These "odd-year" voters tend to be contrarians who care little about the prevailing Washington powers; indeed, they often care more about quirky local issues. Virginia voters in 1997 got all excited when Republican candidate James Gilmore pledged to abolish the hated property tax on automobiles. They elected him on that basis, not realizing that the car tax was not a state levy, that actually it was handled by counties and municipalities.

But this kind of historical perspective won’t matter this year. Obama’s people recognize the potential spin problem: If Corzine and Deeds go down in November, their defeats will be widely interpreted (by the political media, with GOP encouragement) as a general thumbs-down verdict on Obama, thereby further imperiling his political capital.

That would not be fair to Obama, at least in New Jersey. Corzine’s woes are clearly his own; he was taking heat for the state economy, corruption among fellow Democrats, and the tax issue long before Obama broke big. Obama has been stumping for Corzine, and Corzine has put Obama in a TV ad, but in the end that race is a referendum on Corzine.

Perhaps Corzine’s best hope is to link Chris Christie, his Republican opponent, to a politician who is even more unpopular than he is. That would be Bush, of course. Hence the Corzine TV ad that seeks to weight down Christie with Bush baggage - noting that Christie raised money for Bush, that he allegedly awarded millions in no-bid contracts to "Bush cronies," that Christie is pushing "the same failed Bush economics," that he is "Bush’s friend."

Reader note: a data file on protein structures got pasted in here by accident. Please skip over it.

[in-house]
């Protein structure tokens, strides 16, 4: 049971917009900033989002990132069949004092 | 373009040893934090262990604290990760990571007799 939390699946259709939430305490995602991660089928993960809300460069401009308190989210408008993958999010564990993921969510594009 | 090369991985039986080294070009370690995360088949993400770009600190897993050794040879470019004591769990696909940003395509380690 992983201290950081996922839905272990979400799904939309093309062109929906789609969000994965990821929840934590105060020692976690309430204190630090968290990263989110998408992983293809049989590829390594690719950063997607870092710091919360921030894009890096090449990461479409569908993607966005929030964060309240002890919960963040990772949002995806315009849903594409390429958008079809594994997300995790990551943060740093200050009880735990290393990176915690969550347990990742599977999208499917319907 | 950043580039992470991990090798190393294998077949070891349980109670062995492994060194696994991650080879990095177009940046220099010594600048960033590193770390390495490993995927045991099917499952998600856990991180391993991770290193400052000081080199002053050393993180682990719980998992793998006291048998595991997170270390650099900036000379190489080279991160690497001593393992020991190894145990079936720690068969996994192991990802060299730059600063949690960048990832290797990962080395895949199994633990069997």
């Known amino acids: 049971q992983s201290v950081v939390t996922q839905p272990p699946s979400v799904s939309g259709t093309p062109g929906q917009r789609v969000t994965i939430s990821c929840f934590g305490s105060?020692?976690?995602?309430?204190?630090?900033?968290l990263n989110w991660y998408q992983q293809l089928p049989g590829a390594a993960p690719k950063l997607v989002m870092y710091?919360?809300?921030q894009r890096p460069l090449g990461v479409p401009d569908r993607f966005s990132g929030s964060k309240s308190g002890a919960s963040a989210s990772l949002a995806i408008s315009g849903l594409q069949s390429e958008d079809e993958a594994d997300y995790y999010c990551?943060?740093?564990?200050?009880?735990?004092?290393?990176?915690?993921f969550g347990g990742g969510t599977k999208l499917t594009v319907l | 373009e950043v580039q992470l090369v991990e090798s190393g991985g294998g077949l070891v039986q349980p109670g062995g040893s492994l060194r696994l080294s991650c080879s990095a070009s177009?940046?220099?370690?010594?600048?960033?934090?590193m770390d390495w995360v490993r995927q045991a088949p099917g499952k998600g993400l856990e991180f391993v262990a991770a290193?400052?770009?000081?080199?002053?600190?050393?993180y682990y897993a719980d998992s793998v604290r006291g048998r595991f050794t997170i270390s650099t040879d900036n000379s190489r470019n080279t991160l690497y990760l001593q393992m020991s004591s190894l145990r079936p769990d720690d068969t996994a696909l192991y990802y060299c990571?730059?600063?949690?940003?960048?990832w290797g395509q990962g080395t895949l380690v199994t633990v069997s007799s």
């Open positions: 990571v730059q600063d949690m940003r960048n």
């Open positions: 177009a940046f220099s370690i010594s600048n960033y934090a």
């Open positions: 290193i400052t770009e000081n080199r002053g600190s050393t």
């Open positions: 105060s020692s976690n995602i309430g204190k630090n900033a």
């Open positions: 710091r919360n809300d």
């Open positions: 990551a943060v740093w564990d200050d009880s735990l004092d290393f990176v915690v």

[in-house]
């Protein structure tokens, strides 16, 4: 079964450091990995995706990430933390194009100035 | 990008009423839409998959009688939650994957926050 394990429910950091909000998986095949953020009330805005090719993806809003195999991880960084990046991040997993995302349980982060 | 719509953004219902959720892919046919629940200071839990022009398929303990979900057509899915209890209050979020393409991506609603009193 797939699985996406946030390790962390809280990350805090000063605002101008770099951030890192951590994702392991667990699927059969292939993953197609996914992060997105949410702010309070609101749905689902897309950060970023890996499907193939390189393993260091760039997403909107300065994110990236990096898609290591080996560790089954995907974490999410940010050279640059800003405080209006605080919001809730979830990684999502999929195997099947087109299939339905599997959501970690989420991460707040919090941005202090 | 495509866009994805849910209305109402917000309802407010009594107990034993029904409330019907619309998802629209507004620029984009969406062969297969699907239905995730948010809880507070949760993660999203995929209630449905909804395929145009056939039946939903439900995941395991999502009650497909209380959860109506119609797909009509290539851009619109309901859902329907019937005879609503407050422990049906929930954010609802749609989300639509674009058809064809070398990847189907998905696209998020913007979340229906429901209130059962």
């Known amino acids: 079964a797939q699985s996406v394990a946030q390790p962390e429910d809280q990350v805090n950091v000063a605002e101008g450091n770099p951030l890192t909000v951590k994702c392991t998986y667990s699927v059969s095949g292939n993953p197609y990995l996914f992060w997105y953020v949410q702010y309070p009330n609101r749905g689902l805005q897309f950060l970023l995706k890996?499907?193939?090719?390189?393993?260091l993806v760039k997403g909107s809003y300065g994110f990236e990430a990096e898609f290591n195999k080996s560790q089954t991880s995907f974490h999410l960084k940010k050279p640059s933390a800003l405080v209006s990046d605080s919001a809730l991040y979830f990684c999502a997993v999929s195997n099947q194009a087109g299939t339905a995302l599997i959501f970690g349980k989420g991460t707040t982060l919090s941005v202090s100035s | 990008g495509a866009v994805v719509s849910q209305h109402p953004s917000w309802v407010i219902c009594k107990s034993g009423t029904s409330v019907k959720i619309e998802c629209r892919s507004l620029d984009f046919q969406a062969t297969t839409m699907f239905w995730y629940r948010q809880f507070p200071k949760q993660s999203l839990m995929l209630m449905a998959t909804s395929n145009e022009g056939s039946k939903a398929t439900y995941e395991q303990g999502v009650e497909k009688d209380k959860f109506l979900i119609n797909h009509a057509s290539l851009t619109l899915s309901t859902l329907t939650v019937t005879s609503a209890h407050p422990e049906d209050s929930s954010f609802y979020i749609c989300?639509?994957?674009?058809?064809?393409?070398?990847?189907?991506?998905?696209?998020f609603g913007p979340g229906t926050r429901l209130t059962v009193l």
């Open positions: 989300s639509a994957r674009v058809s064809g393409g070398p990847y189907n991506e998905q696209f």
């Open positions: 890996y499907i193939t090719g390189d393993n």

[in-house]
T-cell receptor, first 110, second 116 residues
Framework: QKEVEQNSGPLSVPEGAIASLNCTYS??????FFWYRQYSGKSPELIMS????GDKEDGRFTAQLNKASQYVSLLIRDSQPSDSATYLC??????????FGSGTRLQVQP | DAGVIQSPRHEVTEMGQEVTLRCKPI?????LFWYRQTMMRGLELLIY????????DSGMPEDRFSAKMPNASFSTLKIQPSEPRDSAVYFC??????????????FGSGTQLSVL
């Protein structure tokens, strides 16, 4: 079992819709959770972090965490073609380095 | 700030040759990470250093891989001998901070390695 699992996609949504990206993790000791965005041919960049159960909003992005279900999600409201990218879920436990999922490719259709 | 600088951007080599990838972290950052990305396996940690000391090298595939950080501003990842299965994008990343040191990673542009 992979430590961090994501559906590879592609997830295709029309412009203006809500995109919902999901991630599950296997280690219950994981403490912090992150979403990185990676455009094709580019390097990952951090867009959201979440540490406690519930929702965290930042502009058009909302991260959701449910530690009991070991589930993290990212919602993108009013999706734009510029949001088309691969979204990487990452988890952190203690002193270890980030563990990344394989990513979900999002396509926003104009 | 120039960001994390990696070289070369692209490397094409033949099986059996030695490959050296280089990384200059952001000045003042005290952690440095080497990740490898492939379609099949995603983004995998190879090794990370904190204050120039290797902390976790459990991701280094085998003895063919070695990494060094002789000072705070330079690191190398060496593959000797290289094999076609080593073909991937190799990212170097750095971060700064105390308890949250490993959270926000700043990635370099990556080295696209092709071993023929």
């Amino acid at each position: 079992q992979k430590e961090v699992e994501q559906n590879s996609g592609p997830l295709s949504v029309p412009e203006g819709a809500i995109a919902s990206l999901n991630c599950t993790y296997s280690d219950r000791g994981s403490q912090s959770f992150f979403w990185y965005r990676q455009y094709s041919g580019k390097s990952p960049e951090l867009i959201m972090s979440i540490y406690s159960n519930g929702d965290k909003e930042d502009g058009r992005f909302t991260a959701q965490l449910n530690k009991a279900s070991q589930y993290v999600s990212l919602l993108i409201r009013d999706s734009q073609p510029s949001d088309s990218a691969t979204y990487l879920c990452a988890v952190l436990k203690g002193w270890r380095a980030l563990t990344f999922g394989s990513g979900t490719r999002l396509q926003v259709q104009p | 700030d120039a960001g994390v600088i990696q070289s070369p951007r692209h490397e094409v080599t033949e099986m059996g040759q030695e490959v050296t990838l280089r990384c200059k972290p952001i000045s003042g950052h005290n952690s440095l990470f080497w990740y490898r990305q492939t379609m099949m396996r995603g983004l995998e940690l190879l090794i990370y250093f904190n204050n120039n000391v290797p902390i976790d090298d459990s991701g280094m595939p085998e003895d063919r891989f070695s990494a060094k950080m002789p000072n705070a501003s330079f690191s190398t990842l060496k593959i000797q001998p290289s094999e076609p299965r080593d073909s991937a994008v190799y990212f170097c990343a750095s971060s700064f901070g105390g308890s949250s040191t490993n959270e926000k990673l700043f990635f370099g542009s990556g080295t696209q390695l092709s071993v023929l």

The Corzine team also got some luck the other day, when the news surfaced that Christie, on several occasions, had discussed his prospective Republican candidacy with Bush political guru Karl Rove – while serving as U.S. attorney, a job that is supposed to be apolitical. On July 7, testifying before the House Judiciary Committee on an unrelated matter, Rove said that Christie wanted to know "who were good people that knew about running for governor that he could talk to."

Corzine has tried to mine this news for its Bush connection, but the issue is whether New Jersey voters care more about Karl Rove than about their own property taxes. I suspect it’s the latter, and, besides, the Quinnipiac pollsters said last month that 77 percent of New Jersey voters want Corzine to focus on state issues in this campaign.